The Memphis Group revival is on, and the ephemeral Eighties aesthetic is being rebooted by Camille Walala, Wronko Woods and Bibo Ergo Sum.
1 Camille Walala
For a short-lived movement that embraced the anarchic fusion of bold patterns, geometric shapes, DayGlo colours and synthetic materials, the Memphis style sure has legs. These days, the list of designers who claim the 1980s aesthetic as a key influence on their work includes everyone from Studio Job to Dusen Dusen.
One of its most unabashed heirs is London designer Camille Walala, whose installations and interiors (including last summer’s Memphis-inspired maze at London’s Now Gallery) are appropriately unruly, mixing eye-popping stripes and squiggles with tribal and other global prints.
2 Wronko Woods
It’s a testament to the Memphis school’s universal appeal that even a Canadian studio known for its handcrafted, mostly wood furnishings would find inspiration in its po-mo theatricality. Showcased at IDS Vancouver last fall, the Memphis collection of furniture and objects by Carson Wronko of Edmonton downplays the bright shades and plasticity of its forebear in favour of quiter tones and natural materials such as bleached maple and blackened walnut.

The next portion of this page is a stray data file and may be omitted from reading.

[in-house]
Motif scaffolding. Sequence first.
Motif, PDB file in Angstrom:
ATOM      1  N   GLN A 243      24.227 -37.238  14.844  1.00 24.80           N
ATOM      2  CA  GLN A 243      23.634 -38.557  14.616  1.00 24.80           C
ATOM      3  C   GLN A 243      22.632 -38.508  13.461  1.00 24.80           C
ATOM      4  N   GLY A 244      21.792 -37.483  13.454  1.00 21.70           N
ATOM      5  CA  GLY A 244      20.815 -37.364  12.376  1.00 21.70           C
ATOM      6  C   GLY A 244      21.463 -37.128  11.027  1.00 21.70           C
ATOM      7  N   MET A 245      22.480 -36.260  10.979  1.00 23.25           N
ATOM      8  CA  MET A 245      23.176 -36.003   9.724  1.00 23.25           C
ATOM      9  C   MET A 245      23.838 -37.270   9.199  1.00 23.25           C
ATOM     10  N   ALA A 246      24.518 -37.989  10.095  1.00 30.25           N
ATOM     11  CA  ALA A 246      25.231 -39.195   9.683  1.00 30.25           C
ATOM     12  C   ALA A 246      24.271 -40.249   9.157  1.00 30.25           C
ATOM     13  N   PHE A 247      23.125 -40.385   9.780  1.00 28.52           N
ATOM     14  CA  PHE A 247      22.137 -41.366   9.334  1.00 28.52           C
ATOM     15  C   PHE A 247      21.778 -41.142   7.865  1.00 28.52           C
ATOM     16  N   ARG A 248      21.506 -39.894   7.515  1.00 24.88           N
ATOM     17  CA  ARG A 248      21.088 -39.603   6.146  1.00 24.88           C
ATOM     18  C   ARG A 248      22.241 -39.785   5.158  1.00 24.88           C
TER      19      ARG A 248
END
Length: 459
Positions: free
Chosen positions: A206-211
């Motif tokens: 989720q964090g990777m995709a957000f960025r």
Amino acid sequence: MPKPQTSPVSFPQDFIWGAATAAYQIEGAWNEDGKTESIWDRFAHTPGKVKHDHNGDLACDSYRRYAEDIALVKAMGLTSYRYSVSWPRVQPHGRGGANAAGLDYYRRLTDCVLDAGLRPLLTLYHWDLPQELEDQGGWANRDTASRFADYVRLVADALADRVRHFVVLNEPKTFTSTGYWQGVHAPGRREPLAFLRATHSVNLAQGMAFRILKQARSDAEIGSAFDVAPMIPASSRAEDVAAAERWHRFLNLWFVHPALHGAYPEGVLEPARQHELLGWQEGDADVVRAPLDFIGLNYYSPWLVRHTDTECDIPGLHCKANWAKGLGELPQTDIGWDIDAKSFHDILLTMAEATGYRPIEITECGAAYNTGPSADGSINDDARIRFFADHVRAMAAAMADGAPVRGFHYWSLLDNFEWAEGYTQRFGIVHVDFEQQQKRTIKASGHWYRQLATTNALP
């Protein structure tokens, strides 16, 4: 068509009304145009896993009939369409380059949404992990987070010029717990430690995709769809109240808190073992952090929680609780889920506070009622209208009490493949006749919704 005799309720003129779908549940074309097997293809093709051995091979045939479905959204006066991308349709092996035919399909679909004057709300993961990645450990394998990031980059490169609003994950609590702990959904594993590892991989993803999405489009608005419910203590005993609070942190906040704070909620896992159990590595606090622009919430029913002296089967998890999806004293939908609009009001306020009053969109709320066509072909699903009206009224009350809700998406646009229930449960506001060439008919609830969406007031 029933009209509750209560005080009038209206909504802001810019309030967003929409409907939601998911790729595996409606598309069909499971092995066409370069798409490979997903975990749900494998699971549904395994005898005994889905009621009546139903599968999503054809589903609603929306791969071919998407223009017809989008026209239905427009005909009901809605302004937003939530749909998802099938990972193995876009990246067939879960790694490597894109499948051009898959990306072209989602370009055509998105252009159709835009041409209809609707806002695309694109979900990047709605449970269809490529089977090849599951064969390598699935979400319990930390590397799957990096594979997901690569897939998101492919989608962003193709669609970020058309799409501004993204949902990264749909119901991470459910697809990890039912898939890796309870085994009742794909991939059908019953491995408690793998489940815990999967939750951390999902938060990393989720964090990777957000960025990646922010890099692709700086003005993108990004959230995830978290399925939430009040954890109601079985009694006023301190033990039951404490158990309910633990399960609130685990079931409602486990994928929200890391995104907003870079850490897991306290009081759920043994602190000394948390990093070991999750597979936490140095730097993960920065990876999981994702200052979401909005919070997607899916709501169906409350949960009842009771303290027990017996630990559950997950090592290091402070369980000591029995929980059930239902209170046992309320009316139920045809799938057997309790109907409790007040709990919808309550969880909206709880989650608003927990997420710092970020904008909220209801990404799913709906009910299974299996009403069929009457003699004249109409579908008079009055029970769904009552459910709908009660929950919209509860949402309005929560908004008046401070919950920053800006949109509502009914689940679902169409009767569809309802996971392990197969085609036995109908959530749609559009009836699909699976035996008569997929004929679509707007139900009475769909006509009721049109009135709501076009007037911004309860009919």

But the whimsy and sculpturality are extant in pieces such as the cabinet (pictured) featuring udder-like legs and graphic surface symbols.
3 Bibo Ergo Sum
One of the buzziest commercial interiors to gain attention of late is the L.A. bar Bibo Ergo Sum, where Oliver Haslegrave of Brooklyn-based Home Studios juxtaposed soft-pink rolled upholstery and tubular lighting with curvy booths and doorways to create a look that he calls “Memphis meets Secession.”
The result is strangely cohesive, familiar yet fresh – and just the kind of rule-breaking space that Memphis founder Ettore Sottsass would have enjoyed.